Does owning land make you a lord?

Does owning land make you a lord?

Explain the functions of serfs during the Middle Ages.

The medieval Latin word vasallus derives from the classical Latin vassus (“servant”), which in turn is possibly a cognate of Indo-European origin with the Celtic root wasso- (“young man, squire”); as in the Welsh word gwas (with the identical meaning of “young man” or “servant”), in the Breton goaz (“servant”, “vassal”, “man”) and in the Irish foss (“servant”).

Diminutive of vassallus is vassellitus (“young nobleman”, “squire”, “page”), which was used in Gallo-Romance and originated the French word that evolved into the forms vaslet, varlet or valet (valet de chambre or “valet”) that also passed into English (varlet recorded in 1456 and valet in 1567).[1].

The structuring of the clergy produced a similar pyramid because of its link to the interests of the nobility, because of its economic and territorial power (dead hands) and because of the three monastic vows (poverty, obedience and chastity). This structure was reproduced in the secular clergy (pope, archbishops, bishops, canons, archpriests, priests) as well as in the regular clergy (generals and provincials of the different religious orders, abbots and monks of the different monasteries) and in the military orders.

Feudal Lord

We are fast approaching the great day of Jehovah, that time of “renewal,” when He will come in the clouds of heaven to execute vengeance on the wicked and prepare the earth for the reign of peace for all who are willing to keep His law [see Acts 3:19-20]3.

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…Has not knowledge increased? Has there ever in the history of the world been so much knowledge poured out upon the people? But sadly, Paul’s words are true: people are “always learning, but can never come to the knowledge of the truth” (2 Timothy 3:7)….

Have we not had numerous rumors of wars? [See D&C 45:26] Have we not had such wars as the world has never seen before? Is there not at present commotion among the nations, and are not their rulers troubled? Have not kingdoms been overthrown, and have there been no great changes among the nations? The whole earth is in commotion. Every day earthquakes are reported in various places [see D&C 45:33]….

Servitude in the Middle Ages

1. Christ lives, our hope, and He is the most beautiful youth of this world. Everything he touches becomes young, becomes new, becomes full of life. So, the first words I want to address to each of the young Christians are: He lives and wants you alive!

2. He is in you, He is with you and He never leaves. No matter how far away you go, the Risen One is there, calling you and waiting for you to begin again. When you feel aged by sadness, grudges, fears, doubts or failures, He will be there to give you back strength and hope.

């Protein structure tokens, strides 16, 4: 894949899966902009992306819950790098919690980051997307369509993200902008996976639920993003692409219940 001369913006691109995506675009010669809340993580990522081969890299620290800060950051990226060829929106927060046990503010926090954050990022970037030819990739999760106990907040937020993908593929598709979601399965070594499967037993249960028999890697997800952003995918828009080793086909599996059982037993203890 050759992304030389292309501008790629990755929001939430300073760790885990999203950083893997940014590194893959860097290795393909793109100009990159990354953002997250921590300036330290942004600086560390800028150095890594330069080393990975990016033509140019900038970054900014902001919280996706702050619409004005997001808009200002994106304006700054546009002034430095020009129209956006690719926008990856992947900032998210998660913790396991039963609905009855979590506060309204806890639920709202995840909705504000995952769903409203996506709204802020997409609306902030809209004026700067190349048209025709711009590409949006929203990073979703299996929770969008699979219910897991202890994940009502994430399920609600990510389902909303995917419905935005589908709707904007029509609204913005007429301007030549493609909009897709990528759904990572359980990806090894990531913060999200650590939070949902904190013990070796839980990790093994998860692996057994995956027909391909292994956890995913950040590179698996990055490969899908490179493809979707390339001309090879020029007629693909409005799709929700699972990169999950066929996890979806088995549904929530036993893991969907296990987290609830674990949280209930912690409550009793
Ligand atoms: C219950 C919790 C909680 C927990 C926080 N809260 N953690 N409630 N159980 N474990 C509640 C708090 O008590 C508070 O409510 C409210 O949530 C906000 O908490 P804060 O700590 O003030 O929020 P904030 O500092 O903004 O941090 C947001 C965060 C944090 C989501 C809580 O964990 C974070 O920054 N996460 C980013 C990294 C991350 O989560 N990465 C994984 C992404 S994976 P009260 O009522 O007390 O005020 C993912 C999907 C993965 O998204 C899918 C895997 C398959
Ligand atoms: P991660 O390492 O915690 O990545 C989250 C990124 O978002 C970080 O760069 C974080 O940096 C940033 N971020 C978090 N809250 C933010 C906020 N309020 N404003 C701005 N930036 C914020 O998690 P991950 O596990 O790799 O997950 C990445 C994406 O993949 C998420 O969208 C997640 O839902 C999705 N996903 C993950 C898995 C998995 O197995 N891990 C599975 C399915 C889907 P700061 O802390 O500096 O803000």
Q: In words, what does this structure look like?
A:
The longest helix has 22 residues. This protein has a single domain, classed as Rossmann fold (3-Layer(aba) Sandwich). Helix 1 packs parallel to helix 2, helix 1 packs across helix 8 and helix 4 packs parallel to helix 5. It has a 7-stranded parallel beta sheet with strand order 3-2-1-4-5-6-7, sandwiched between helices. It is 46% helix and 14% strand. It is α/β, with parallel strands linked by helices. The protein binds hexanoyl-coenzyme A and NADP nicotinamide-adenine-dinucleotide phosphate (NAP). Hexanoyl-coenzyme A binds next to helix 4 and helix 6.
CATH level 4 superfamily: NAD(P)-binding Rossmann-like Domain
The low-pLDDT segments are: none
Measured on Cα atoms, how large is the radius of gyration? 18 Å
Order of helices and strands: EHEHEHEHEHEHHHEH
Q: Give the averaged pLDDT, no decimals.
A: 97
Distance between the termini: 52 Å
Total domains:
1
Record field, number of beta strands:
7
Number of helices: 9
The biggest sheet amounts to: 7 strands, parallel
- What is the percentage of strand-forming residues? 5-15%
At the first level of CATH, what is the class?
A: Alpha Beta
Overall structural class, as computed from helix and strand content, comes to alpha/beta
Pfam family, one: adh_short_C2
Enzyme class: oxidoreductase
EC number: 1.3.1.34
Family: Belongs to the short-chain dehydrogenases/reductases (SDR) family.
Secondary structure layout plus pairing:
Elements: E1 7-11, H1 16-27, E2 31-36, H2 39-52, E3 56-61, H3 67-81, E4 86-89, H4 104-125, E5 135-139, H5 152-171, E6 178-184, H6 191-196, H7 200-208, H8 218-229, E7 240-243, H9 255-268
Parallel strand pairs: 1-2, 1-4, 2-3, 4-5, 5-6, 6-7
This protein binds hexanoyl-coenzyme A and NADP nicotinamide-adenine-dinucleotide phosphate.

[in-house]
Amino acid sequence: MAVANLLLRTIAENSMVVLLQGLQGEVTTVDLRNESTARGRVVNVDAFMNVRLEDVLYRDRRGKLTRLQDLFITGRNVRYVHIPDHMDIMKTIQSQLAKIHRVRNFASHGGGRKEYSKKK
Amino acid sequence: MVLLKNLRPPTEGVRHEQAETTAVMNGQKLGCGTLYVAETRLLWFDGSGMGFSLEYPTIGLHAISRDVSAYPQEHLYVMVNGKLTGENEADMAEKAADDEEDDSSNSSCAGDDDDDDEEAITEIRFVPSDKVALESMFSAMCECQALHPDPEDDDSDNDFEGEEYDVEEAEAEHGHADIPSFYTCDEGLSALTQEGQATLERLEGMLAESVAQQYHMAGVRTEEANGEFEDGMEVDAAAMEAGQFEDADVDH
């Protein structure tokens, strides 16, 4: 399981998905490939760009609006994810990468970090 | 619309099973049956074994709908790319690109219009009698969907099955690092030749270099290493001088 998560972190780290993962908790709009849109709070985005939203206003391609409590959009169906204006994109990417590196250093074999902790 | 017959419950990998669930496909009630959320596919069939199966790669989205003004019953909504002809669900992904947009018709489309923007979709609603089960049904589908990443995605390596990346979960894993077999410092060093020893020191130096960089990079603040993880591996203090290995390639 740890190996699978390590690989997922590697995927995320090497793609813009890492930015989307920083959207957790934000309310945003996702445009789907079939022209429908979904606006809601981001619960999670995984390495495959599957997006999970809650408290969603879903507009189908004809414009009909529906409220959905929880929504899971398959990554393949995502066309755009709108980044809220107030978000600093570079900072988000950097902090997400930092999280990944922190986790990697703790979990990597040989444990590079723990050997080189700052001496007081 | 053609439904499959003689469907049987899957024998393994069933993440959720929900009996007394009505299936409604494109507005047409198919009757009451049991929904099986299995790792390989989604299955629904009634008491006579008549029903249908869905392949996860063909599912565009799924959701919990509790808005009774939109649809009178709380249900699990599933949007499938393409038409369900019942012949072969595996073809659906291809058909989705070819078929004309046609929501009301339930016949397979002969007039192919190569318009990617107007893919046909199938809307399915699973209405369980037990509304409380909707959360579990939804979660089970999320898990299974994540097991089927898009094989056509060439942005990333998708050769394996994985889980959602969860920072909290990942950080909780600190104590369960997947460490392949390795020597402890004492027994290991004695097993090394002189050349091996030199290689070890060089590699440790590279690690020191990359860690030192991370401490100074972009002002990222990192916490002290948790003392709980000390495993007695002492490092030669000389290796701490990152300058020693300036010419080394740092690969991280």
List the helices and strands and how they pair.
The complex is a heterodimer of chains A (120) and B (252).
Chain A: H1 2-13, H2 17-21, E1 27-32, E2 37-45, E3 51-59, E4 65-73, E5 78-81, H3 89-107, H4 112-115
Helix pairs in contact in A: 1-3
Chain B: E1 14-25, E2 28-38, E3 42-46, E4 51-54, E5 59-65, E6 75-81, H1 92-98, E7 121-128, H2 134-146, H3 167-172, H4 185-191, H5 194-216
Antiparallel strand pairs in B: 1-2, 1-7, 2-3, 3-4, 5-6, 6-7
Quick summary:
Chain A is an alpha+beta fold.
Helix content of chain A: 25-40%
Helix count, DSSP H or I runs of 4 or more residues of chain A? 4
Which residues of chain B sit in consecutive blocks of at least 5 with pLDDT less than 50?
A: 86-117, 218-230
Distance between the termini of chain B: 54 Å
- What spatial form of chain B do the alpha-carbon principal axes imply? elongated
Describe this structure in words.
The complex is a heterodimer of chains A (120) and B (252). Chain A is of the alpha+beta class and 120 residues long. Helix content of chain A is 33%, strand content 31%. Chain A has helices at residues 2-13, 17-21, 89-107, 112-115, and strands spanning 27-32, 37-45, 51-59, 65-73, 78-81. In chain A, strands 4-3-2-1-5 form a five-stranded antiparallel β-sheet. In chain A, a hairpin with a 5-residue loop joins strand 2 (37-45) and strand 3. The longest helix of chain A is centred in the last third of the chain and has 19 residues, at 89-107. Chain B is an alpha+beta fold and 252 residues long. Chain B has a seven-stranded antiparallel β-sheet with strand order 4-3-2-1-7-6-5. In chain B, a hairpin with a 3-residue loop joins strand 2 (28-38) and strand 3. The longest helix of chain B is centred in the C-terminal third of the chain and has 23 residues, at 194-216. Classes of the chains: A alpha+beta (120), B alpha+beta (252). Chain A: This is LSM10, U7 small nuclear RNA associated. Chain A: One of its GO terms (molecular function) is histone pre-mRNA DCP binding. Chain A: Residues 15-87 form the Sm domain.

9. King David was chosen as a boy. When the prophet Samuel was looking for the future king of Israel, a man presented him with his oldest and most experienced sons as candidates. But the prophet said that the chosen one was the young David, who tended the sheep (cf. 1 Sam 16:6-13), because “man looks at the appearance, but God looks at the heart” (v. 7). The glory of youth is in the heart rather than in physical strength or in the impression one makes on others.

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7. These contributions of the Popes gather the reflections of countless scientists, philosophers, theologians and social organizations that enriched the Church’s thinking on these questions. But we cannot ignore that, also outside the Catholic Church, other Churches and Christian communities – as well as other religions – have developed a broad concern and a valuable reflection on these issues that concern us all. To give just one noteworthy example, I would like to briefly mention part of the contribution of the beloved Ecumenical Patriarch Bartholomew, with whom we share the hope of full ecclesial communion.

10. I do not want to develop this encyclical without referring to a beautiful model that can motivate us. I took his name as my guide and inspiration at the time of my election as Bishop of Rome. I believe that Francis is the example par excellence of care for what is weak and of an integral ecology, lived with joy and authenticity. He is the patron saint of all those who study and work in the field of ecology, loved also by many non-Christians. He was particularly attentive to God’s creation and to the poorest and most abandoned. He loved and was loved for his joy, his generous dedication, his universal heart. He was a mystic and a pilgrim who lived in simplicity and in a wonderful harmony with God, with others, with nature and with himself. In him we see how inseparable are concern for nature, justice for the poor, commitment to society and inner peace.

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